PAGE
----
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Real Estate Privacy (LAND) Trusts


    Advantages of owing real estate through a Real Estate Privacy Trust (Land Trust)

  • 1. Privacy of Ownership - Under a Land Trust arrangement, your identity as the legal owner of the real estate is not disclosed to the public or to any third party, except in cases of subpoena or court order.

  • 2. Ease of Transferability - The beneficiary (or "owner") of a Land Trust may be changed without recording a change in the public records.

  • 3. Avoids Probate - Probate is usually necessary regardless of whether or not one has a will. A Land Trust arrangement, however, allows you to designate succession of ownership exactly as you wish, thereby avoiding probate and costly, time-consuming proceedings relating to the property.

  • 4. Facilitates Multiple Ownership - Where there are multiple owners of a parcel of real estate, a Land Trust can be structured to provide for clear and easy legal direction.

  • 5. Retain Tax Advantage - You are still eligible for the homeowner's and senior citizen's real estate tax exemptions.


1031FEC/1LessTax Property Exchange & Asset Tax Planning


Many owners wish to sell from management intensive property to fully managed and less risk foundation income property that is held for the step up basis allowing beneficiaries to sell with no tax.


Note to owners of real estate in different states may have estate and /or income tax for property in a state other than the state of residence that may have no estate (inheritance) tax or state income tax.


Why is This Probate Taking So Long?

After a loved one dies, her/his money and property must be distributed to the right people, either according to her Will or the state’s default distribution scheme (found in its “intestacy” statute). While most people want the settlement process to be done ASAP, probate can take between 9 and 24 months. The time delays create unnecessary stress and expense, especially for families who need access to those accounts or property.

 5 Reasons Probate Takes So Long

There are many reasons why the probate process takes so long. Here are five of the most common:

  1. Paperwork. Managing probate-required paperwork can be a monumental undertaking with structured timelines and court-imposed deadlines.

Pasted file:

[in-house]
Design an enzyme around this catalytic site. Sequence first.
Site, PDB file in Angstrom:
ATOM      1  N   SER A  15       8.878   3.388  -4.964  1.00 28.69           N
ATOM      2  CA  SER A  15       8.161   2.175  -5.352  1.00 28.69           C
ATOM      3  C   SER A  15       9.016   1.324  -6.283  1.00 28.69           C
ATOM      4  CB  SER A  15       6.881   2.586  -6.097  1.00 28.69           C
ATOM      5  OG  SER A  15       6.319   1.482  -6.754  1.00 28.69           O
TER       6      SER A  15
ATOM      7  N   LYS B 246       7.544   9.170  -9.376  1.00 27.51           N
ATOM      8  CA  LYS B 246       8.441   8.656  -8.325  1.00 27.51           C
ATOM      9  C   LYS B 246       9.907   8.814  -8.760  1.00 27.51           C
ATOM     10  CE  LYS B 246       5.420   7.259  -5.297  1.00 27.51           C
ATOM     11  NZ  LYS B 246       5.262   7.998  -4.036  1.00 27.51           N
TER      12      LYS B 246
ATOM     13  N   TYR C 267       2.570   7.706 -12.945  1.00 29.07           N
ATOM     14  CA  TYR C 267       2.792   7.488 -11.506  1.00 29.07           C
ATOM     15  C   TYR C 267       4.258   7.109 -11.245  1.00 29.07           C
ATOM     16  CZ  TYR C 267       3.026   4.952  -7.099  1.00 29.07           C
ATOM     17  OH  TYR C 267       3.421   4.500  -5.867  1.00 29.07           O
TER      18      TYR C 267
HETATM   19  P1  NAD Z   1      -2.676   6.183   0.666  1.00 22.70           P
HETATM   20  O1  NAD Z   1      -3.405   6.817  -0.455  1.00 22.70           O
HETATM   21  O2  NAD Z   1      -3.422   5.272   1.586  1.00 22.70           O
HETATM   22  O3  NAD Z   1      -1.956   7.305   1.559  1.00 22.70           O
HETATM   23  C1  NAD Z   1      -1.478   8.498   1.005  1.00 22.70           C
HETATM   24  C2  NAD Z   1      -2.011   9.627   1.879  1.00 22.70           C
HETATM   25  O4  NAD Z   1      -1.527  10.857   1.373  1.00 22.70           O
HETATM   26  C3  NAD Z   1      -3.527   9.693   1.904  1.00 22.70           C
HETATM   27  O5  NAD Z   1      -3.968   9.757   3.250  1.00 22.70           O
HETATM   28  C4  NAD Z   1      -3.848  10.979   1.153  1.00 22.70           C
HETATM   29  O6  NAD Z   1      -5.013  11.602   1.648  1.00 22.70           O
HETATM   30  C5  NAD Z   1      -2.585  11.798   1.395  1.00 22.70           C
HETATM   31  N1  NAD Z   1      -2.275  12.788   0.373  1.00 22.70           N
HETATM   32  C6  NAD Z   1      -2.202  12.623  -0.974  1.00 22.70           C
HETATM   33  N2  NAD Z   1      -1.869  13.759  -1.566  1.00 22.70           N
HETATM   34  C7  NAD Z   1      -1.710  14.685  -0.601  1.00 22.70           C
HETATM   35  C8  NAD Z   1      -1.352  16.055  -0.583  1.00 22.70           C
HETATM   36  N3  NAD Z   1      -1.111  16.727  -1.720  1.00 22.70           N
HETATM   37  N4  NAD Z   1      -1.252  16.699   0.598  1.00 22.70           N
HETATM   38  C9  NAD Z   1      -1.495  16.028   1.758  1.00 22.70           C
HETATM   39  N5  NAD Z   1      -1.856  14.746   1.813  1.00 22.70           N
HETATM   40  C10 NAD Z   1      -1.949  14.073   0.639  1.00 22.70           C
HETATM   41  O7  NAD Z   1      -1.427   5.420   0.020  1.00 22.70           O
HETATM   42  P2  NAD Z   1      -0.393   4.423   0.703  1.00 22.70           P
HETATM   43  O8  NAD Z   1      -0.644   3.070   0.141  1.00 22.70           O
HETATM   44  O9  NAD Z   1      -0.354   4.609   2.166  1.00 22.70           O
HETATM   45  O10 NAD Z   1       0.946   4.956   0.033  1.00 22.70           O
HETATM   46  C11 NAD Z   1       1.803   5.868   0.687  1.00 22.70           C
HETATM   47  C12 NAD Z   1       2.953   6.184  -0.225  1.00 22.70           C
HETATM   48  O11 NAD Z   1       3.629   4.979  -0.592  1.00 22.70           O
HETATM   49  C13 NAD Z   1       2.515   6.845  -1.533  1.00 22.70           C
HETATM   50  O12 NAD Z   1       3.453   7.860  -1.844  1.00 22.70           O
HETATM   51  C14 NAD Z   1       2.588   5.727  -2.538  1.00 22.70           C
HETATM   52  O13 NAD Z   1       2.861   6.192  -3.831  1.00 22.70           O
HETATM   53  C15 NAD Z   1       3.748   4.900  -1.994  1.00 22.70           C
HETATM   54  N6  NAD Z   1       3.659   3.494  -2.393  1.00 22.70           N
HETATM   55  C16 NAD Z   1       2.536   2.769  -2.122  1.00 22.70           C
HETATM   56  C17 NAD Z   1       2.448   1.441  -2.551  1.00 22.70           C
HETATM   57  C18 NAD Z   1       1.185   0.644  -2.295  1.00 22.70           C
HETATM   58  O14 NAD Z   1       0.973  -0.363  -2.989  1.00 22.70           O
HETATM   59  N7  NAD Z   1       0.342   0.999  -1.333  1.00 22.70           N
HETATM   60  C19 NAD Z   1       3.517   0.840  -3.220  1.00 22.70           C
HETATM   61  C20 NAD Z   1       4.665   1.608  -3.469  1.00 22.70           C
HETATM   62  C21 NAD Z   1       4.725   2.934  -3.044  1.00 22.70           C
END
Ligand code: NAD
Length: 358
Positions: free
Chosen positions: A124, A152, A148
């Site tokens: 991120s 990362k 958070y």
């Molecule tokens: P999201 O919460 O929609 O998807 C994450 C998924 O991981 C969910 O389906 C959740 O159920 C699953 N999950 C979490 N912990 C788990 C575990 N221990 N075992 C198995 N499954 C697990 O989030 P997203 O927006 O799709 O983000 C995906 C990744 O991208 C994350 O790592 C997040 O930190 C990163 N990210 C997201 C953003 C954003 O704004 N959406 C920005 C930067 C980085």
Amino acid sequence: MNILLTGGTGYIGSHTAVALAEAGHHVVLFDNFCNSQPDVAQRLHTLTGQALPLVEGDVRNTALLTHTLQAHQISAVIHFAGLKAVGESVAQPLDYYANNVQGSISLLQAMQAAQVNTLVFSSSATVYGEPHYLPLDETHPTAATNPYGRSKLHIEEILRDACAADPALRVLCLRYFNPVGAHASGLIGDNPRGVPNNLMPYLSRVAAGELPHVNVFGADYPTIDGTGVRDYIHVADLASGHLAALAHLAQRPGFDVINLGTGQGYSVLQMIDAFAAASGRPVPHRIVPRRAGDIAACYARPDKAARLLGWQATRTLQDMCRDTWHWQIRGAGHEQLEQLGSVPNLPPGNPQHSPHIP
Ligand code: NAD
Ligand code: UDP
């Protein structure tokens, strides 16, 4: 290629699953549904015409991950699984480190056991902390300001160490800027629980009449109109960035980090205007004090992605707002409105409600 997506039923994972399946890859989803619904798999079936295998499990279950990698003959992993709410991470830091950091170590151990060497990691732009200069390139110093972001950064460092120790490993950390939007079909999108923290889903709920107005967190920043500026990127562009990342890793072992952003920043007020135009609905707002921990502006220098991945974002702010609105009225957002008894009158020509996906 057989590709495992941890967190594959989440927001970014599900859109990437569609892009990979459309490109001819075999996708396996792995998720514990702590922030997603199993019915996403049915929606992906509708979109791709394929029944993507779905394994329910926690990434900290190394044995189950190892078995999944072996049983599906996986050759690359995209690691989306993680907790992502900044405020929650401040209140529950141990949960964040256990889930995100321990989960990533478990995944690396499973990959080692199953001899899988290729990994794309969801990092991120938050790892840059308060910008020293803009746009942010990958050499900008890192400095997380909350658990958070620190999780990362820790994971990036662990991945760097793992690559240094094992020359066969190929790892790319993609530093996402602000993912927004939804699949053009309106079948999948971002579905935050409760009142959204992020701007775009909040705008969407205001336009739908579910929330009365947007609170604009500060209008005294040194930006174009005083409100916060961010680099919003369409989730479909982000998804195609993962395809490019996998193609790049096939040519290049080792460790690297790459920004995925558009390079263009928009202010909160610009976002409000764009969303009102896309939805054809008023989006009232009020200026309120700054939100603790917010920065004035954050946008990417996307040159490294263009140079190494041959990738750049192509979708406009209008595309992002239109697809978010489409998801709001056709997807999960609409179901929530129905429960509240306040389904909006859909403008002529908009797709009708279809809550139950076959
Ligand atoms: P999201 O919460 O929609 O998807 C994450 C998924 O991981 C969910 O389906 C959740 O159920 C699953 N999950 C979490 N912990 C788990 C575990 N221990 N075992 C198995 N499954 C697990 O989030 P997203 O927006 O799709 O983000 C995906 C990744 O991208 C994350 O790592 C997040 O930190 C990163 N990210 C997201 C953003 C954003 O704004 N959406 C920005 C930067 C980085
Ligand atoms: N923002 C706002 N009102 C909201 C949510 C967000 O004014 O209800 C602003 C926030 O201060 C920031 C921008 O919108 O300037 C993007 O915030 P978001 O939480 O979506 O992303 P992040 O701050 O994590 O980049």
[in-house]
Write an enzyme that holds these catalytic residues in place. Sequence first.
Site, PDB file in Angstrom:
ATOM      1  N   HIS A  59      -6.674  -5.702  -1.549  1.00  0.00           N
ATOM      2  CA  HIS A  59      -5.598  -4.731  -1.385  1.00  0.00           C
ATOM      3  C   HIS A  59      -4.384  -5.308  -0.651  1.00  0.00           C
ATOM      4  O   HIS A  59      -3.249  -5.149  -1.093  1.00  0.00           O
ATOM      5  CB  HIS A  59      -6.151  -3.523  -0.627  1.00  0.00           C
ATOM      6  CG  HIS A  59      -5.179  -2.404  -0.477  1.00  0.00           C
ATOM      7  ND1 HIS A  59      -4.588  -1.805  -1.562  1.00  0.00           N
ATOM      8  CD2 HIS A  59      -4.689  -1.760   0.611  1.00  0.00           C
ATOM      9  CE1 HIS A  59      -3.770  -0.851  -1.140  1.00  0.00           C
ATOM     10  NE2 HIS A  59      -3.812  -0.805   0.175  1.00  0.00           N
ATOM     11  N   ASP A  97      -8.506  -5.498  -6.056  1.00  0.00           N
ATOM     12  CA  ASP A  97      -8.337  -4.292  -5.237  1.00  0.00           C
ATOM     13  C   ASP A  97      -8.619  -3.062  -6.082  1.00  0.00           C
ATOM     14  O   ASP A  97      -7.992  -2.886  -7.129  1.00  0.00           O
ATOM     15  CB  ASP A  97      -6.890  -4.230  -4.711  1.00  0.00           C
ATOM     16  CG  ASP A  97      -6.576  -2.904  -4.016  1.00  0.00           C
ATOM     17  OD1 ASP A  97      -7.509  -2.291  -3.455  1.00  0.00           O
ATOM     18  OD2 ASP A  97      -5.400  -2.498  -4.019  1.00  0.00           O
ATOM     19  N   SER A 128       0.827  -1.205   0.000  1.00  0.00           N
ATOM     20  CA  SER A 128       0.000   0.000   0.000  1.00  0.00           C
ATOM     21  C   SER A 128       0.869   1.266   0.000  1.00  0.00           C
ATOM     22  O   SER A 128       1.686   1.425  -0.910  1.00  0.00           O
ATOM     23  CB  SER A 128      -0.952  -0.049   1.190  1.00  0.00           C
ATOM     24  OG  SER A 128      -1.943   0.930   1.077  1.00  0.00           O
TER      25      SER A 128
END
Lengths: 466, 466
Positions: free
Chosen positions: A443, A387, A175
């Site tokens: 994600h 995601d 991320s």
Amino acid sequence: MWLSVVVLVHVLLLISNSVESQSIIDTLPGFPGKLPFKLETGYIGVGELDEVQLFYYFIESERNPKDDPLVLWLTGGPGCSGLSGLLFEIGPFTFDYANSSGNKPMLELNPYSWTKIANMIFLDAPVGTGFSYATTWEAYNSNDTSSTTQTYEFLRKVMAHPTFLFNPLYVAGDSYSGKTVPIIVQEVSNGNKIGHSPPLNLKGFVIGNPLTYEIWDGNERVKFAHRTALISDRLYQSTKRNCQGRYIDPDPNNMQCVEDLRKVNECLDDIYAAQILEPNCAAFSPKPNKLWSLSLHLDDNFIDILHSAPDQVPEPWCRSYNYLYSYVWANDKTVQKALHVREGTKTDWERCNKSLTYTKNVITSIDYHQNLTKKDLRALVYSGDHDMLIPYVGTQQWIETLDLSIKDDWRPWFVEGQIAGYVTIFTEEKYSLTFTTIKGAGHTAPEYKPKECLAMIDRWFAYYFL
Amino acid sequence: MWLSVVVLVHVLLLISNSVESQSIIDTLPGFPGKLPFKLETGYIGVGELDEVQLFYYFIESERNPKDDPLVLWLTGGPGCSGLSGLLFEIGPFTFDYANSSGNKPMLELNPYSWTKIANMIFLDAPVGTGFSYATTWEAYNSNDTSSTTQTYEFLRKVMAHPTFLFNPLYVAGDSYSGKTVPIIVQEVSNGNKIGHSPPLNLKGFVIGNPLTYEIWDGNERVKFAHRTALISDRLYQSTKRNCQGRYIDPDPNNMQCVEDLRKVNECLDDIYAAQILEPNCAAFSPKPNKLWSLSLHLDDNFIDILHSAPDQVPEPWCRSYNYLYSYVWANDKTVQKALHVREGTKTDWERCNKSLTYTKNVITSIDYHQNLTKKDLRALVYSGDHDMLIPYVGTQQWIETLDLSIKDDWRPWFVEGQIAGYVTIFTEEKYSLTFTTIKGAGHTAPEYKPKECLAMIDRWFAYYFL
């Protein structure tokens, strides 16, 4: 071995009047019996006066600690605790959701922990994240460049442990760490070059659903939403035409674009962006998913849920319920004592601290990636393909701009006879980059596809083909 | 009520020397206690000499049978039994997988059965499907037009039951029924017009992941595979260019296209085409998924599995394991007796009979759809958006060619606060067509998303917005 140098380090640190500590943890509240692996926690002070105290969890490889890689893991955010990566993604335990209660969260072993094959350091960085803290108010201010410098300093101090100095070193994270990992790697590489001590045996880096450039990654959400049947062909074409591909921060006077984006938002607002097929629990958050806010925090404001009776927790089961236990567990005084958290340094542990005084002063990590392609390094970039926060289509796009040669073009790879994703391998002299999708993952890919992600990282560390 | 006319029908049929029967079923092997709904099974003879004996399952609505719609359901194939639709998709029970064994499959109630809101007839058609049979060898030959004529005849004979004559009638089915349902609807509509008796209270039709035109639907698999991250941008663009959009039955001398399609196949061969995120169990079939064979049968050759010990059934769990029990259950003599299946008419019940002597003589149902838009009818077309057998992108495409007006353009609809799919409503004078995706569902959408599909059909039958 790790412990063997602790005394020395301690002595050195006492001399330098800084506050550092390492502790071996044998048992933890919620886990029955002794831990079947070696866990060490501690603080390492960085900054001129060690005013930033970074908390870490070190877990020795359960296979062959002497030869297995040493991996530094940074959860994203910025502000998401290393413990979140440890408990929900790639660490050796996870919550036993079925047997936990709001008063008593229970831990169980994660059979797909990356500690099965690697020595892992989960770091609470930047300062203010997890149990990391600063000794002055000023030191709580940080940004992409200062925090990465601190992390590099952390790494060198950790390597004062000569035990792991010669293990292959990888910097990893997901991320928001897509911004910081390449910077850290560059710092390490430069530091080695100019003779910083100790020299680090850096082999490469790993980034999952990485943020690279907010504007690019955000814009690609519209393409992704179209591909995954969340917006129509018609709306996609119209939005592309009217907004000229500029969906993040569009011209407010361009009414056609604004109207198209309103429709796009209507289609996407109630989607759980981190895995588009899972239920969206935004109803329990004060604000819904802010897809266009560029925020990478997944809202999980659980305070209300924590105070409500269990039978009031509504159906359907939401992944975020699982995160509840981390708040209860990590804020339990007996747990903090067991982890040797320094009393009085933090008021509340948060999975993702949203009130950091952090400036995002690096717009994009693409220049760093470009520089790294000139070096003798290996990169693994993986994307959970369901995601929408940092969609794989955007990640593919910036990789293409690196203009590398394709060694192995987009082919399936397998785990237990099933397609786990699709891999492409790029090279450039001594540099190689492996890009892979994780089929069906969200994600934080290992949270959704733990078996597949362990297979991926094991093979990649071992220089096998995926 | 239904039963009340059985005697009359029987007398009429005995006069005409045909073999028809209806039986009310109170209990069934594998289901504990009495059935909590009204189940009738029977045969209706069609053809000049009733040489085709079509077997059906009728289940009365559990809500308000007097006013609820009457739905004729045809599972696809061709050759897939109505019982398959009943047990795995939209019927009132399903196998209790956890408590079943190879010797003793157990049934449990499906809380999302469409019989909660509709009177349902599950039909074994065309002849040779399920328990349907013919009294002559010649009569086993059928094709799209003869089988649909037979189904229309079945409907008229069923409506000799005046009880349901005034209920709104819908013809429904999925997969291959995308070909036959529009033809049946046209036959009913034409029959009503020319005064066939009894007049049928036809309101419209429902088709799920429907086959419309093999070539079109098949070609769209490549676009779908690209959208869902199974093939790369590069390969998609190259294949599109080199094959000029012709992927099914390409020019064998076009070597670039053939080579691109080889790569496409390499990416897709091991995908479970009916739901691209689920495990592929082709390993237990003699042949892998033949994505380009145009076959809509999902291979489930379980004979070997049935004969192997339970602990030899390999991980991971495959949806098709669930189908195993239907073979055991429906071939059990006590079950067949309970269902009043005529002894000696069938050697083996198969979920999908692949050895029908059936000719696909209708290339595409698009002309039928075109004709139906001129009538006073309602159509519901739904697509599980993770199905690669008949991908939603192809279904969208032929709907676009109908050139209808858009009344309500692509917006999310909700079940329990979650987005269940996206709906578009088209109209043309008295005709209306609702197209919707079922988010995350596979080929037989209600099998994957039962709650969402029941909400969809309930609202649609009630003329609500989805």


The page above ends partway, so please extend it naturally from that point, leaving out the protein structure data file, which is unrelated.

2. Complexity. Estates with numerous or complicated accounts or property simply take longer to probate, as there are more items to be accounted for and valued.
  3. Probate court caseload. Most probate courts were dealing with high caseloads and limited staff before COVID-19, and it's worse now.
  4. Challenges to the Will. Heirs, beneficiaries, and those who thought they’d be beneficiaries, can object to and challenge the Will’s instructions and legal requirements. While state law dictates the length of the time period during which they must object, Will challenges can add years to the probate process. Some of the most common challenges include assertions that the Will maker was:
    1. Lacking testamentary capacity (i.e., lacking the legal or mental ability to make a Will)
    2. Delusional
    3. Subject to undue influence (wrongful pressure to do something they didn’t want to do)
    4. A victim of fraud
  5. Creditor Notification. The deceased person’s creditors must be notified of the deceased person’s passing and the probating of her estate so they have time to submit any legal claims for debts. This time period also varies from state to state, but it is generally four to nine months (three months in Florida). The bottom line is that, while most state probate laws are designed to keep the process moving along in a timely manner, that's more of a plan than a reality.

                                               Avoiding Probate with a Trust Is Better

Had the deceased person created a trust to hold her accounts and property, the long, complicated probate process could have been avoided. By creating and funding a trust, those accounts and property would no longer be viewed as being owned by the deceased person and would not be subject to the supervision of the court. Their distribution would be controlled by the instructions left in the trust agreement. Administering a trust instead of a probate is usually quicker –meaning that beneficiaries receive assets more quickly, costs are reduced, and stress levels are kept to a minimum.


Each state requires a trust applicable for assets within the state.

Regardless of the unique benefits, the requirements for establishing an out-of-state trust are fairly simple: The trust must be legally created and administered in that state.

Establishing the trust can be done with a qualified attorney who specializes in trusts and wealth transfers in the desired state. Once engaged, this person will collaborate with any attorneys and other advisors working on the overall estate plan.

Administration may be handled by a company that’s located solely in the state or by a company with physical locations in many states

Why not a will or have no will to probate?

Living Trust Video




We do not market annuities, insurance or list real estate or businesses. We may, with client permission, refer to those who do.

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